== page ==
April 2014
Volume 55, Issue 13
ARVO Annual Meeting Abstract  |   April 2014
Wnt-signaling and the formation of Muller glia-derived progenitor cells in the chick retina
Author Affiliations & Notes
  • Donika Gallina
    Neuroscience, The Ohio State University, Columbus, OH
  • Lillia N Steffenson
    Neuroscience, The Ohio State University, Columbus, OH
  • Andrew J Fischer
    Neuroscience, The Ohio State University, Columbus, OH
  • Footnotes
    Commercial Relationships Donika Gallina, None; Lillia Steffenson, None; Andrew Fischer, None
  • Footnotes
    Support None
Investigative Ophthalmology & Visual Science April 2014, Vol.55, 828. doi:
  • Views
  • Share
  • Tools
    • Alerts
      This feature is available to authenticated users only.
      Sign In or Create an Account ×
    • Get Citation

      Donika Gallina, Lillia N Steffenson, Andrew J Fischer; Wnt-signaling and the formation of Muller glia-derived progenitor cells in the chick retina. Invest. Ophthalmol. Vis. Sci. 2014;55(13):828.

      Download citation file:

      © ARVO (1962-2015); The Authors (2016-present)

  • Supplements

Purpose: One of the signaling pathways that may regulate the activity of retinal glia and Müller glia-derived progenitor cells (MGPCs) is the Wnt pathway. During ocular development, Wnt-signaling is known to have many important functions that involve patterning the anterior optic structures and suppressing retinal development. Studies in zebrafish have shown that activation of Wnt-signaling is required for MGPC-mediated retinal regeneration in vivo. Studies in mammalian retina have shown that Wnt-signaling stimulates the Müller glia to re-enter the cell cycle in retinal explants in vitro. We investigate the role of the Wnt pathway in the formation of MGPCs in the avian retina in vivo.

Methods: : Immunocytochemistry was used to study the expression pattern of nuclear β-catenin (a read-out of Wnt-signaling) in mature and damaged chick retinas. Wnt- signaling inhibitors (XAV939) or a combination of Wnt-signaling activators (GSK3β-inhibitors) were injected into the vitreous chamber of normal and damaged eyes. Retinas were processed for cell proliferation and glial reactivity. qRT-PCR was used to measure retinal levels of different Wnt-related and progenitor genes. Retinal damage was induced by an intraocular injection of N-Methyl-D-aspartate (NMDA).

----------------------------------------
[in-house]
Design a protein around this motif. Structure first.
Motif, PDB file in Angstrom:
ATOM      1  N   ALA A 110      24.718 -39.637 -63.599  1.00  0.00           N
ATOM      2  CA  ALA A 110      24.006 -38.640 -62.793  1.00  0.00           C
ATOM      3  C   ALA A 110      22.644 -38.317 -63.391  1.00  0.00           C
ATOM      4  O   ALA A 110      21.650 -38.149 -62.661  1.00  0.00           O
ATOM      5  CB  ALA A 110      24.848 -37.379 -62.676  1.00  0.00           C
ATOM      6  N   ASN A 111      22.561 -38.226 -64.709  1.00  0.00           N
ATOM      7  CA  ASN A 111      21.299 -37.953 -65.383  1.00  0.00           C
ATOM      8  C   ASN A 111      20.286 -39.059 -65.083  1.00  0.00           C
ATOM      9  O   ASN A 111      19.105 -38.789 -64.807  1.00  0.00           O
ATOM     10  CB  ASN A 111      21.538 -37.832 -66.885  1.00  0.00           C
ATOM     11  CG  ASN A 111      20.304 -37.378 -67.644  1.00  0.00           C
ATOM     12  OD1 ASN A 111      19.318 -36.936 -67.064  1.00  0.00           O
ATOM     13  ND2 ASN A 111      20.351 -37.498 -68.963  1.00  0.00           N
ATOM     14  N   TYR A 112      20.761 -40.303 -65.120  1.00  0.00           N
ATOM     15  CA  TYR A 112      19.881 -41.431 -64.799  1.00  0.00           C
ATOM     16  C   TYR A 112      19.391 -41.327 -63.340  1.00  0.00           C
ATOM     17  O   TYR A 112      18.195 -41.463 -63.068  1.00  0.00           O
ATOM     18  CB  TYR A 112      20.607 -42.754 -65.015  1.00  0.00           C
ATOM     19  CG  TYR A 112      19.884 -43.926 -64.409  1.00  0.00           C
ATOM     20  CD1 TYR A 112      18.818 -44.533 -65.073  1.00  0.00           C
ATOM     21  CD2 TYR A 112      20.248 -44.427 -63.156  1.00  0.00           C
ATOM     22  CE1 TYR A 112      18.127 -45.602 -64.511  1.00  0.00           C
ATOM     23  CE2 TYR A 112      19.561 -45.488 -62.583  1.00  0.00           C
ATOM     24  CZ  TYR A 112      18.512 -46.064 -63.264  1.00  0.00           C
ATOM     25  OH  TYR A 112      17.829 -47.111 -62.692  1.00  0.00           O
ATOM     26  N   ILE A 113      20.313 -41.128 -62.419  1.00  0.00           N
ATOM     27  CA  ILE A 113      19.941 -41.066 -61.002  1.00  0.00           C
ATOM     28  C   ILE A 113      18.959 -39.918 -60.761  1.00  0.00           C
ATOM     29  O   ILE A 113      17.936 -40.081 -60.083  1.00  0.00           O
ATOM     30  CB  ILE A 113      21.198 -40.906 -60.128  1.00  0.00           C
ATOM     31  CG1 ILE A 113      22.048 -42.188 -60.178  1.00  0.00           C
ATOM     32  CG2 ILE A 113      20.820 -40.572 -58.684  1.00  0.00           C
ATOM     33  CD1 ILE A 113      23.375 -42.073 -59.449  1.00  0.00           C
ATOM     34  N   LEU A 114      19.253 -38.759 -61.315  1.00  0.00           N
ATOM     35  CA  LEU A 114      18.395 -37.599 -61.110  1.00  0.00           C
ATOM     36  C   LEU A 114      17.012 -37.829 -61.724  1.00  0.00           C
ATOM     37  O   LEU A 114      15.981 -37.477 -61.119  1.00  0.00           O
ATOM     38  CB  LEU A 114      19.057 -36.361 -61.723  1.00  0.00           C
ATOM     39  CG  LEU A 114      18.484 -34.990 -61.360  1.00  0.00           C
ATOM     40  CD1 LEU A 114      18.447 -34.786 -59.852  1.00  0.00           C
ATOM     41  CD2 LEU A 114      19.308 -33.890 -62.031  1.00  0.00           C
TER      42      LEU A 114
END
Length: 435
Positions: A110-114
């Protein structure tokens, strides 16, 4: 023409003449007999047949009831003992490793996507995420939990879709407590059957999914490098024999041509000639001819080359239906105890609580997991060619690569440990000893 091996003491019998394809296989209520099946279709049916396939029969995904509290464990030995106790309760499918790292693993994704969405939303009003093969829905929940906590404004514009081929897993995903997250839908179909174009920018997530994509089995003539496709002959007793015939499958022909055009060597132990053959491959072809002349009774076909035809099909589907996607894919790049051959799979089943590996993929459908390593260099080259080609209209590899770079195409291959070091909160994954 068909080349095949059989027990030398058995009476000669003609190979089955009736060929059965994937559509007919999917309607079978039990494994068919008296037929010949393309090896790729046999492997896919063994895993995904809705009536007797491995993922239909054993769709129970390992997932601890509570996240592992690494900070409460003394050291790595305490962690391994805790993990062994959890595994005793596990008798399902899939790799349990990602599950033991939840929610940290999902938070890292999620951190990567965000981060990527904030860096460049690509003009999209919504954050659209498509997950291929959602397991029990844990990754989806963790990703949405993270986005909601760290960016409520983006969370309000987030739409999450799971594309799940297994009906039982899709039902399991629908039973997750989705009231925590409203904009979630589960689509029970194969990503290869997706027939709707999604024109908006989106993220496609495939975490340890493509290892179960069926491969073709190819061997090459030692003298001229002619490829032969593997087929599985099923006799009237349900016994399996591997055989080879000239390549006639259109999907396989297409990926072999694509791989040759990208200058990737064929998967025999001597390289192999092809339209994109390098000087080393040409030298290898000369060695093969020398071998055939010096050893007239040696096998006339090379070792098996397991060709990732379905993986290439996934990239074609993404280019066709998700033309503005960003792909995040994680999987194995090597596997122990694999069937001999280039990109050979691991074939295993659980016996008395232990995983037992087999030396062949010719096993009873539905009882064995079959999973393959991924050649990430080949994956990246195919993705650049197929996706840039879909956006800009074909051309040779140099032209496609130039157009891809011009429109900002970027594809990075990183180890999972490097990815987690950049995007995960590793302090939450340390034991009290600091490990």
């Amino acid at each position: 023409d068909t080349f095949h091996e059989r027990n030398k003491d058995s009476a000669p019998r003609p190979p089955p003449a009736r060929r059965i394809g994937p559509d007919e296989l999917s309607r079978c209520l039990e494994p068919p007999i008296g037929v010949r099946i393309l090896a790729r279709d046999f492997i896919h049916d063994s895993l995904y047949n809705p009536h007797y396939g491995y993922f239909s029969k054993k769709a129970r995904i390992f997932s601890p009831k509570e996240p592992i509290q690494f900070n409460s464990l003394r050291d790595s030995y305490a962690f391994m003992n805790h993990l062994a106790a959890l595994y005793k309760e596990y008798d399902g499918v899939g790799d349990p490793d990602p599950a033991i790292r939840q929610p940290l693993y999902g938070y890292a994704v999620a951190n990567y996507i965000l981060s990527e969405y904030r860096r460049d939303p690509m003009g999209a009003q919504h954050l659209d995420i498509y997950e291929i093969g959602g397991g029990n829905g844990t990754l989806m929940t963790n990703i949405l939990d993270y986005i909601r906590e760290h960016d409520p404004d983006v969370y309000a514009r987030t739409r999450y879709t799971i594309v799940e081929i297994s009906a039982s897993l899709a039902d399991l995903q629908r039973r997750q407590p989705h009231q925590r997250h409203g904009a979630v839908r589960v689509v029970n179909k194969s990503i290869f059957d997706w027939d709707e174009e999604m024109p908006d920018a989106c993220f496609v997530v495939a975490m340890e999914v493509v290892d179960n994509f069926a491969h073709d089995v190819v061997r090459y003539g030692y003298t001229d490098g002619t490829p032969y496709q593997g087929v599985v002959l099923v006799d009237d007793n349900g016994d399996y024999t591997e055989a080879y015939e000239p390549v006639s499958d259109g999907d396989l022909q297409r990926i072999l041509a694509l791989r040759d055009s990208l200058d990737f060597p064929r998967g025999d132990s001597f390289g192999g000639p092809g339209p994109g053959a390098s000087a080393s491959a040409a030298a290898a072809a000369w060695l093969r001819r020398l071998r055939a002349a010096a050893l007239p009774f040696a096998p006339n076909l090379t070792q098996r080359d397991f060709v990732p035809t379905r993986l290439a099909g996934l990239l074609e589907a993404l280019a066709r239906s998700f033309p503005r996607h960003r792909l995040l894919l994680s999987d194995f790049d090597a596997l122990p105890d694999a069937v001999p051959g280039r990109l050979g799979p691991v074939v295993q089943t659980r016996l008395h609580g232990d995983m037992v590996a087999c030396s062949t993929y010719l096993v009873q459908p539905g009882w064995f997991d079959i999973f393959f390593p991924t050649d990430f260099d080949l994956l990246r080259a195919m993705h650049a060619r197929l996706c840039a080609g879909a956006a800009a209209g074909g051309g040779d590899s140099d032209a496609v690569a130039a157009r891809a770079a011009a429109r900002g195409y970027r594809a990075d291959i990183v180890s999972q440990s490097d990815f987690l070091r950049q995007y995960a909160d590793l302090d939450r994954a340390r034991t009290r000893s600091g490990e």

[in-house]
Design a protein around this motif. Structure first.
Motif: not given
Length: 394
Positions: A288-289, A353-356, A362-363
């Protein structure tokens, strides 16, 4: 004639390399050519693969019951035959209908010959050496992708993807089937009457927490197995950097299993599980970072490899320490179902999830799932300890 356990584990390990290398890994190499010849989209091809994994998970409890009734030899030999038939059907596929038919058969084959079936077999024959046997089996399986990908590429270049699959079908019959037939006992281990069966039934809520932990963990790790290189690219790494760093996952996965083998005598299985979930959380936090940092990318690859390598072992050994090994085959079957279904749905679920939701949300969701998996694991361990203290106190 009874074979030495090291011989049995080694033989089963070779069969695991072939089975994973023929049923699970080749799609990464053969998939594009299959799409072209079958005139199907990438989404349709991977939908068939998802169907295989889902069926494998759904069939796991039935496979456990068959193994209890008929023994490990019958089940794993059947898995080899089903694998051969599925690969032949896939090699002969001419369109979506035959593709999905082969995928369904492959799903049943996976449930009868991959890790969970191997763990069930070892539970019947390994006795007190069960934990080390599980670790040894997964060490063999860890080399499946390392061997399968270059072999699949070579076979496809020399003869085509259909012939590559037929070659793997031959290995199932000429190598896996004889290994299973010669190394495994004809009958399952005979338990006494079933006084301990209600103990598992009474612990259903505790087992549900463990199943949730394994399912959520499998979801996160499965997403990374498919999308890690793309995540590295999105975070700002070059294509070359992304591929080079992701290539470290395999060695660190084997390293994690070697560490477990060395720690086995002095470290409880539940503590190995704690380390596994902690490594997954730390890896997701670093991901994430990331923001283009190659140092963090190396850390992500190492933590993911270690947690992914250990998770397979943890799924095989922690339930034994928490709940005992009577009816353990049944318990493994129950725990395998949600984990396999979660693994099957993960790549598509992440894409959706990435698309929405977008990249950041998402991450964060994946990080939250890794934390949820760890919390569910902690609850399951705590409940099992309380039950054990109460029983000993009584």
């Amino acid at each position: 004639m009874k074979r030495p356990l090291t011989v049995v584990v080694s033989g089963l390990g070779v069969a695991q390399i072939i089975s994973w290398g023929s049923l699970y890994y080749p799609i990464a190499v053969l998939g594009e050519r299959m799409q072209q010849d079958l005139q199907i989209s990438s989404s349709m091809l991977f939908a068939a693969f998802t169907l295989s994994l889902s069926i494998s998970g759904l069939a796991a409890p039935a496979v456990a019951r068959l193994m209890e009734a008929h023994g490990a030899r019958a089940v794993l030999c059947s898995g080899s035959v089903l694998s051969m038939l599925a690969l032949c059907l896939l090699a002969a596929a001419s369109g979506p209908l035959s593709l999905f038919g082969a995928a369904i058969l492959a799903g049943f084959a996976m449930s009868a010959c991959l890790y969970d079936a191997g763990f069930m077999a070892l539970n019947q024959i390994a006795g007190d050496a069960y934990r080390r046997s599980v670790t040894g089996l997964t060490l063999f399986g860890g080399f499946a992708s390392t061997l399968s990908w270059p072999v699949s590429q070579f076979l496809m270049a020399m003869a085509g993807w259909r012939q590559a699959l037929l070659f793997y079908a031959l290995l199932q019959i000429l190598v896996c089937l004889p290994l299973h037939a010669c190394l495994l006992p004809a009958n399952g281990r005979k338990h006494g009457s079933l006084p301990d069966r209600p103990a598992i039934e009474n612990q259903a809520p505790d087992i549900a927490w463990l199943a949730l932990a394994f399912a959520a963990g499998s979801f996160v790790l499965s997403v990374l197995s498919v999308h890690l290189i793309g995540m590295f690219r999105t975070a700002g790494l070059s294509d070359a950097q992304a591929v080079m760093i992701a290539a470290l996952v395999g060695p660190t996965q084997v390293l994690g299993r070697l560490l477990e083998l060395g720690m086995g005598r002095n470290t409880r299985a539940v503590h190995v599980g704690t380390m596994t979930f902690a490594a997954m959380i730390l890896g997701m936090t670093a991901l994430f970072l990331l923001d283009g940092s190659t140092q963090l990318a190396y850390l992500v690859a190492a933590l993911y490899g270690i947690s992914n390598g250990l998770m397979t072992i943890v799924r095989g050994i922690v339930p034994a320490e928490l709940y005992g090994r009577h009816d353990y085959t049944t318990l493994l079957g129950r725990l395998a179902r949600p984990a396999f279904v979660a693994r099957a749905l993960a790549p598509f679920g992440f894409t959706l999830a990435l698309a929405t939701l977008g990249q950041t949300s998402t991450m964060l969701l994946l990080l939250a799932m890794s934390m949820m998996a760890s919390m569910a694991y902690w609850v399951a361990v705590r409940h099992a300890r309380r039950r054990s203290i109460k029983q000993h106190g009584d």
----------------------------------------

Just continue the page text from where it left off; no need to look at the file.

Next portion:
Results: We found that nuclear β-catenin is present in many neurons, but not Müller glia in mature retina. In damaged retina nuclear β-catenin is expressed by MGPCs (need confirmation). Furthermore, NMDA-induced retinal damage leads to activation of Wnt-signaling, indicated by the regulation of transcripts of Wnt-target genes. Inhibition of Wnt-signaling suppressed the formation of proliferating MGPCs, and activation of Wnt-signaling expanded the population of the proliferating MGPCs.

Conclusions: We propose that Wnt-signaling is important for the proliferation of MGPCs in damaged avian retina in vivo. Our data suggest a role of Wnt-signaling in the regeneration of the chick retina.

Keywords: 603 Muller cells • 699 retinal glia • 687 regeneration  

This PDF is available to Subscribers Only

Sign in or purchase a subscription to access this content. ×

You must be signed into an individual account to use this feature.